Tax day is approaching again, this time with more normalcy than we've seen since 2019, the year before the coronavirus pandemic threw the country and the economy into a state of upheaval.
As of January 2022, the IRS says it has no plans to extend the filing deadline beyond its usual April date, as it did in both 2020 and 2021 to offer relief to taxpayers affected by the pandemic. The agency says it has also made headway in reducing backlogs amassed in those years and hopes that will translate to faster processing of returns and shorter wait times for tax refunds.
But the challenges presented by the pandemic are not even close to being fully in the rearview mirror. For one, the possibility of retroactive legislation — potentially in response to a new virus surge — is preventing the IRS from steamrolling ahead with a normal tax season. The IRS is also bracing itself for higher-than-usual mistakes and delays from taxpayers as the public acclimates to pandemic-era law changes.
For instance, taxpayers who took the advanced child tax credit in 2021 must reflect that on their returns, and it's possible that many won't, whether intentionally or unintentionally. Then there are the taxpayers who were eligible for the $1,400 pandemic relief check in 2020 and never received it. They are eligible to claim it on this year's return and receive it as part of their refund. Sorting out these issues and others will add to the agency's workload during an already-busy season.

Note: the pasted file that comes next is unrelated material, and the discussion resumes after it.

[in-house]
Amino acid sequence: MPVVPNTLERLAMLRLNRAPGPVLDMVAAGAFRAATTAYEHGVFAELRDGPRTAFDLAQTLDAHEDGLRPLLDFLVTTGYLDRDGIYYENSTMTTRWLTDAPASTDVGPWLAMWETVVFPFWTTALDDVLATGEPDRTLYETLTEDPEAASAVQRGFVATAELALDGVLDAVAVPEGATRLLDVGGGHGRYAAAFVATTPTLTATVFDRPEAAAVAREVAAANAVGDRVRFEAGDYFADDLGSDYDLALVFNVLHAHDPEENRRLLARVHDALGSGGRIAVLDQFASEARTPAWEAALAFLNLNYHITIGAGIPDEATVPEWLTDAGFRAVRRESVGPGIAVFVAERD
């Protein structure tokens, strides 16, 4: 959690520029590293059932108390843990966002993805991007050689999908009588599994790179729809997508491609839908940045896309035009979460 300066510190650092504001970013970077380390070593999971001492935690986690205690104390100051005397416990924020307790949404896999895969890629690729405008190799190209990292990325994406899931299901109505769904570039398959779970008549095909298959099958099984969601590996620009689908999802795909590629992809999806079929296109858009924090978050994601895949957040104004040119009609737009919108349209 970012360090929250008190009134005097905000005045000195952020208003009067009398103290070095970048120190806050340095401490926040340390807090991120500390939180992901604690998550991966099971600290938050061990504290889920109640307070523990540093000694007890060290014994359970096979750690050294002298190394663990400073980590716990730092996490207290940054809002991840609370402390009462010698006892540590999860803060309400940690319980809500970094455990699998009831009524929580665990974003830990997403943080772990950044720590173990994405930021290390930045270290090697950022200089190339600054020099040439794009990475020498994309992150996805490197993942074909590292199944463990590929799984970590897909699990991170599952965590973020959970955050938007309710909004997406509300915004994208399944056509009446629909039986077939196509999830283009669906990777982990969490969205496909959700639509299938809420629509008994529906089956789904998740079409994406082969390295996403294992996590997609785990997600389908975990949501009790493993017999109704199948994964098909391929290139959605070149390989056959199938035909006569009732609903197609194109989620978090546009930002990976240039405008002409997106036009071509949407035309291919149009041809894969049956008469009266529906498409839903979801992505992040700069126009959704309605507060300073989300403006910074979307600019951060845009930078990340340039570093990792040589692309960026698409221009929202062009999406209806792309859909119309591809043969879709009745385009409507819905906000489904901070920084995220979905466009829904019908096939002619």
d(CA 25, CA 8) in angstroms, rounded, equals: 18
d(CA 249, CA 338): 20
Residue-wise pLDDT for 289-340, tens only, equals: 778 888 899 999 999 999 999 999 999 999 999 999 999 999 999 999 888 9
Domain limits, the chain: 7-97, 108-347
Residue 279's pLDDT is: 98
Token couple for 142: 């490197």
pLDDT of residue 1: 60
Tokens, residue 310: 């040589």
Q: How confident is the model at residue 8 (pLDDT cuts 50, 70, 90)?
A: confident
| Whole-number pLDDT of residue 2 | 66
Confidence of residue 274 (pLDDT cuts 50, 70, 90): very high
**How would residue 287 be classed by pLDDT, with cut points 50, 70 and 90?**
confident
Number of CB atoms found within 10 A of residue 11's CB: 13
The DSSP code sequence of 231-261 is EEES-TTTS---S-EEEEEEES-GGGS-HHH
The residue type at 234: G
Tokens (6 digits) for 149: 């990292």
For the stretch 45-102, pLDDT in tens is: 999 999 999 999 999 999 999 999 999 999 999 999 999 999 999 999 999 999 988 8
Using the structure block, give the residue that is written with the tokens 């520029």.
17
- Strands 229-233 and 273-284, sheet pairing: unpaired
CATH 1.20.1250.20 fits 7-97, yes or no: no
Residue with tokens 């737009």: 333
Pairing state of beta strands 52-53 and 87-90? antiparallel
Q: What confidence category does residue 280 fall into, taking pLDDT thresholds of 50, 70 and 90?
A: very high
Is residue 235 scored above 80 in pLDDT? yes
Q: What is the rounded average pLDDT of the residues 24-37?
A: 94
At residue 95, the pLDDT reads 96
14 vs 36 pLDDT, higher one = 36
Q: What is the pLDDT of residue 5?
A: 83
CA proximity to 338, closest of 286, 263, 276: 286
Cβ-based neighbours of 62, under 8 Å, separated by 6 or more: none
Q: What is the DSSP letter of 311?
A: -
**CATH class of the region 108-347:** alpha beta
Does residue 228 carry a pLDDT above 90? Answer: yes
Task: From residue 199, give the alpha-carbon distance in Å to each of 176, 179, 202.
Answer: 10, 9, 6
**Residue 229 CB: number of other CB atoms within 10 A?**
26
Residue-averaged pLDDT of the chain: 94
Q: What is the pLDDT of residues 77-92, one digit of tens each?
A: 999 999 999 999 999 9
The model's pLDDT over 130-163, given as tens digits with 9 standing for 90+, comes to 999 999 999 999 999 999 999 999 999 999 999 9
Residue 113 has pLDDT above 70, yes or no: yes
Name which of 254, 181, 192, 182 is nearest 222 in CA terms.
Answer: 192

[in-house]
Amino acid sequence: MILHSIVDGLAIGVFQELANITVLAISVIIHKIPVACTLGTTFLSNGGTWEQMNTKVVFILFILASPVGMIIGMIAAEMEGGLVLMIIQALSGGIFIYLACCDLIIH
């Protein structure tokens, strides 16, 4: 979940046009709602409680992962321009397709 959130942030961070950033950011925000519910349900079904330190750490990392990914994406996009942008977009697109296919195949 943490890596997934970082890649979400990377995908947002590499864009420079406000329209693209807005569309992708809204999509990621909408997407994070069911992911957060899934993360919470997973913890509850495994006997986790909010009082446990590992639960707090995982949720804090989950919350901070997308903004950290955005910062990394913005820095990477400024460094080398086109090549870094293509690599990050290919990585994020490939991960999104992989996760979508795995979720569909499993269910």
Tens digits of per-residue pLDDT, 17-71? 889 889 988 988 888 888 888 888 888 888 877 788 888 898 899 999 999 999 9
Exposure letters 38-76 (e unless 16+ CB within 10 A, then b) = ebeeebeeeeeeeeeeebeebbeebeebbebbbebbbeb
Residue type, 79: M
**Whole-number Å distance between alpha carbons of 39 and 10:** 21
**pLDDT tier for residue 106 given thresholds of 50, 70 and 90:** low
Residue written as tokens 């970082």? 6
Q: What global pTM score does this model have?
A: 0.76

To help taxpayers get a head start on reconciling their own records, the IRS has begun sending notices this month, informing taxpayers of how much they received in stimulus money and how much they might still be eligible to collect (and thus must file on their taxes). Tax returns with data that doesn't line up with the IRS's own records will have to be dealt with, which is likely to cause further delays.
Accountants are urging their clients to be patient, stressing that everyone will receive their money, it just might take longer than in a typical, non-pandemic year. For those who need to get in contact with the IRS, it is often more efficient to write a letter and wait for a reply as opposed to dealing with the frustration of calling and sitting on hold for several hours, often to get disconnected without ever reaching a live person.
Dealing with the IRS is never fun, and the frustration has ratcheted up to new levels fueled by dizzying rule changes and maddening delays. The agency wants taxpayers to know that for every frustration they're feeling, its employees are suffering through the same, many seeing their workloads double and triple as they focus on loosening up existing logjams while trying to tend to new returns that come in.
Speaking optimistically, the 2022 tax could be the most normal one in years. But what is normal these days?